The Fall of the Legal Cartels?

In chatting with my boss / colleague / mentor about the economic state of the legal industry, we stumbled on an interesting analogy. We were discussing the recent CT TyMetrix Real Rate report and the fact that the number one driver of differences in billing rates is a lawyer’s location. We concluded that law firms still live like its 2005 and base their billing rates on a lawyer's comp instead of their value. So lawyers in NY and LA will have higher rates than those in Denver or Dallas. And this all hinges on the very standard market level of pay for new associates in each jurisdiction.
This lead us to the thought that law firms have been acting in an informal cartel. Previously I have written about the “Monopoly” of the legal profession, but in many respects “Cartel” is a better moniker.
The purpose of a cartel is controlling pricing such that commoditized products and services can be priced at non-commodity levels, enabling the realization of higher levels of profit. You see this behavior on the in-bound side of firms in how associates salaries have been set in the market. And you see it on the out-bound side in how billing rates were increased in a similar lock-step fashion over the past 20 years.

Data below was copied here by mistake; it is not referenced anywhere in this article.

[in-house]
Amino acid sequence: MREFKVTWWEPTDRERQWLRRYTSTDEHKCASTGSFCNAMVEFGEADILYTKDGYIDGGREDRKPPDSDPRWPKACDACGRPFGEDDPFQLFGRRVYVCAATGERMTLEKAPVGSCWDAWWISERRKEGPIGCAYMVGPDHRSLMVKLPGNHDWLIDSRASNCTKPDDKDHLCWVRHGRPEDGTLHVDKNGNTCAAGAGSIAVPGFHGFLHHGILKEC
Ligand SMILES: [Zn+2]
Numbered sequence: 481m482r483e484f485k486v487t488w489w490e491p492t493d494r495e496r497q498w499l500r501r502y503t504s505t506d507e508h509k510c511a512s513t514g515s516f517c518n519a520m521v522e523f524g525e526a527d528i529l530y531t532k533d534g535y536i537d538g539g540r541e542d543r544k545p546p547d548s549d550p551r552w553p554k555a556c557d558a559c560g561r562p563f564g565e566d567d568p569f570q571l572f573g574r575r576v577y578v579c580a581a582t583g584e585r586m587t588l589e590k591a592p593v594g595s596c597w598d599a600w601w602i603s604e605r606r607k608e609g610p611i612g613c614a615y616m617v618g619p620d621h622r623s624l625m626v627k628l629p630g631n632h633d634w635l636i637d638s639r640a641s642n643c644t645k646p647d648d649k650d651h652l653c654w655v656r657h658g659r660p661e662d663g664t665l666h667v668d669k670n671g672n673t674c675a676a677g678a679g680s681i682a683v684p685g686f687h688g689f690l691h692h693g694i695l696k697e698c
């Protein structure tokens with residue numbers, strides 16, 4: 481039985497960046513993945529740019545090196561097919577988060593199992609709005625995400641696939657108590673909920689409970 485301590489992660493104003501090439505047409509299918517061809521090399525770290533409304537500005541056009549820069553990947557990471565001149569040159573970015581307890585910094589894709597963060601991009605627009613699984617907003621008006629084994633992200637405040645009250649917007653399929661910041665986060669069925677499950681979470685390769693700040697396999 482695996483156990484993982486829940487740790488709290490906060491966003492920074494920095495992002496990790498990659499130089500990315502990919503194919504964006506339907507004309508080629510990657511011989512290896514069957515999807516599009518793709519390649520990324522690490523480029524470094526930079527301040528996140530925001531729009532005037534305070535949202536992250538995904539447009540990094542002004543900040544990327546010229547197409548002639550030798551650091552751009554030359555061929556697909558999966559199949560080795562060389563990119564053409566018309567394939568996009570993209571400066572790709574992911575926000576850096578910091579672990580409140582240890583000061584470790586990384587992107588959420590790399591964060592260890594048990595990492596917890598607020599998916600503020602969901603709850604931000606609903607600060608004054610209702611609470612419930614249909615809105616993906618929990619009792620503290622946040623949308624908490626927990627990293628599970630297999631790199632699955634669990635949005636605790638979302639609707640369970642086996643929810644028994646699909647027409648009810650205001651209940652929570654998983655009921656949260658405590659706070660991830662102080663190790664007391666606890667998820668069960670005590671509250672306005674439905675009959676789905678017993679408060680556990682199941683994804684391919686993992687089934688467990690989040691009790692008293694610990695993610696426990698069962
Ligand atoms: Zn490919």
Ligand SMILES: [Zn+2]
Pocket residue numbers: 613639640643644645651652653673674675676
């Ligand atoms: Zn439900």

The legal industry has been able to support this informal cartel subject to demand increasing at a faster rate than supply. About 5 years ago this balance began to shift. The shift is a result of a greater supply of lawyers entering the market and the impact of new technologies. The Great Recession accelerated these forces, putting us in our current situation.
The crazy thing is that so many firms continue to treat the market as if the cartel is still in place. Once the economy started to turn-around, firms went right back to their former associate hiring and pay model. And they continue with their old-school compensation models. They only thing that hasn’t gone back to “normal” is the way they raise billing rates and bill hours in a relatively unchecked fashion.
Bottom-line this means firms are using the cartel model in how they managed the price of inputs, but they no longer control the price of the outputs. The results of this type of behavior are obvious yet remain elusive to many law firm leaders.
Ultimately all cartels breakdown under the strain of market pressures. Only under normal circumstances, the market players are aware when this has happened.

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